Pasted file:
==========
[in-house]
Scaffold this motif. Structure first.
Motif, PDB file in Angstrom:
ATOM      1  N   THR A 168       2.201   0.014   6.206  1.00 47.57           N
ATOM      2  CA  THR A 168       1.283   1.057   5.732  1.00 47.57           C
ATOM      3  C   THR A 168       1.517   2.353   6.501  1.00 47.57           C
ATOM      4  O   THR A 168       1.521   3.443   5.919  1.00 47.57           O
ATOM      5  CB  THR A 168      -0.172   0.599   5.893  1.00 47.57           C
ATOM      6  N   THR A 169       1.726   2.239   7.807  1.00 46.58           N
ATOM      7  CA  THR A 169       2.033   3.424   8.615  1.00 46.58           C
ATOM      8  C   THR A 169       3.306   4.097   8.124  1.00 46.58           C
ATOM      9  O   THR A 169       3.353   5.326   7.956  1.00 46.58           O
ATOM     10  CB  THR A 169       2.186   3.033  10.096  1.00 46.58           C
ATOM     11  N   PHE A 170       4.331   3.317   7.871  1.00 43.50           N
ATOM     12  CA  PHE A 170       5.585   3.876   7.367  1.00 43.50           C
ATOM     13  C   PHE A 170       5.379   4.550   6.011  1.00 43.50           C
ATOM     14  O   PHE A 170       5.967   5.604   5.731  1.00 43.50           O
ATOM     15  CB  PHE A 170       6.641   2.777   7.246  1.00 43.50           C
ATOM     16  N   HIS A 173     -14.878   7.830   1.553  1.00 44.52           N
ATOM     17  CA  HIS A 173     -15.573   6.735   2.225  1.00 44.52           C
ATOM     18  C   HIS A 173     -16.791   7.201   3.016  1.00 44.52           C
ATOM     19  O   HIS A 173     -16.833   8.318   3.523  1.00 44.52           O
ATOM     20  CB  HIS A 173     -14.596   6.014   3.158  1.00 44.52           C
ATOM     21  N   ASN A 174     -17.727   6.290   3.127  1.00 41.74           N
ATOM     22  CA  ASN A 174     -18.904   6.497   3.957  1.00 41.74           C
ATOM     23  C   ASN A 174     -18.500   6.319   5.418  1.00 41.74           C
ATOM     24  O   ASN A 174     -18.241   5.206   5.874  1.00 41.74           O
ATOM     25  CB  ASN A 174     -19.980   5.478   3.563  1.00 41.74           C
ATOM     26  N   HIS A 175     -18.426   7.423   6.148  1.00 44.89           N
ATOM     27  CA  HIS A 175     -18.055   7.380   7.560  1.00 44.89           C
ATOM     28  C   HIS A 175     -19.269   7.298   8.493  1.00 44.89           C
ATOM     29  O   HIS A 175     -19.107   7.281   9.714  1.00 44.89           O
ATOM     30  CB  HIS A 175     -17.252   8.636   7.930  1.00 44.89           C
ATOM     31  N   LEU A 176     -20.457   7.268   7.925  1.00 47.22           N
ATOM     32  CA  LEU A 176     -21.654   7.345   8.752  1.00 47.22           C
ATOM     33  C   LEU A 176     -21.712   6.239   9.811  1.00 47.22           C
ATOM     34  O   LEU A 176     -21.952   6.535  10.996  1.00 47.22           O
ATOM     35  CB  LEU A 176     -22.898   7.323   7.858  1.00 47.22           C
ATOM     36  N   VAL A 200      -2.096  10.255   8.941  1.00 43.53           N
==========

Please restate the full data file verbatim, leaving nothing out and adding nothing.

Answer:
[in-house]
Scaffold this motif. Structure first.
Motif, PDB file in Angstrom:
ATOM      1  N   THR A 168       2.201   0.014   6.206  1.00 47.57           N
ATOM      2  CA  THR A 168       1.283   1.057   5.732  1.00 47.57           C
ATOM      3  C   THR A 168       1.517   2.353   6.501  1.00 47.57           C
ATOM      4  O   THR A 168       1.521   3.443   5.919  1.00 47.57           O
ATOM      5  CB  THR A 168      -0.172   0.599   5.893  1.00 47.57           C
ATOM      6  N   THR A 169       1.726   2.239   7.807  1.00 46.58           N
ATOM      7  CA  THR A 169       2.033   3.424   8.615  1.00 46.58           C
ATOM      8  C   THR A 169       3.306   4.097   8.124  1.00 46.58           C
ATOM      9  O   THR A 169       3.353   5.326   7.956  1.00 46.58           O
ATOM     10  CB  THR A 169       2.186   3.033  10.096  1.00 46.58           C
ATOM     11  N   PHE A 170       4.331   3.317   7.871  1.00 43.50           N
ATOM     12  CA  PHE A 170       5.585   3.876   7.367  1.00 43.50           C
ATOM     13  C   PHE A 170       5.379   4.550   6.011  1.00 43.50           C
ATOM     14  O   PHE A 170       5.967   5.604   5.731  1.00 43.50           O
ATOM     15  CB  PHE A 170       6.641   2.777   7.246  1.00 43.50           C
ATOM     16  N   HIS A 173     -14.878   7.830   1.553  1.00 44.52           N
ATOM     17  CA  HIS A 173     -15.573   6.735   2.225  1.00 44.52           C
ATOM     18  C   HIS A 173     -16.791   7.201   3.016  1.00 44.52           C
ATOM     19  O   HIS A 173     -16.833   8.318   3.523  1.00 44.52           O
ATOM     20  CB  HIS A 173     -14.596   6.014   3.158  1.00 44.52           C
ATOM     21  N   ASN A 174     -17.727   6.290   3.127  1.00 41.74           N
ATOM     22  CA  ASN A 174     -18.904   6.497   3.957  1.00 41.74           C
ATOM     23  C   ASN A 174     -18.500   6.319   5.418  1.00 41.74           C
ATOM     24  O   ASN A 174     -18.241   5.206   5.874  1.00 41.74           O
ATOM     25  CB  ASN A 174     -19.980   5.478   3.563  1.00 41.74           C
ATOM     26  N   HIS A 175     -18.426   7.423   6.148  1.00 44.89           N
ATOM     27  CA  HIS A 175     -18.055   7.380   7.560  1.00 44.89           C
ATOM     28  C   HIS A 175     -19.269   7.298   8.493  1.00 44.89           C
ATOM     29  O   HIS A 175     -19.107   7.281   9.714  1.00 44.89           O
ATOM     30  CB  HIS A 175     -17.252   8.636   7.930  1.00 44.89           C
ATOM     31  N   LEU A 176     -20.457   7.268   7.925  1.00 47.22           N
ATOM     32  CA  LEU A 176     -21.654   7.345   8.752  1.00 47.22           C
ATOM     33  C   LEU A 176     -21.712   6.239   9.811  1.00 47.22           C
ATOM     34  O   LEU A 176     -21.952   6.535  10.996  1.00 47.22           O
ATOM     35  CB  LEU A 176     -22.898   7.323   7.858  1.00 47.22           C
ATOM     36  N   VAL A 200      -2.096  10.255   8.941  1.00 43.53           N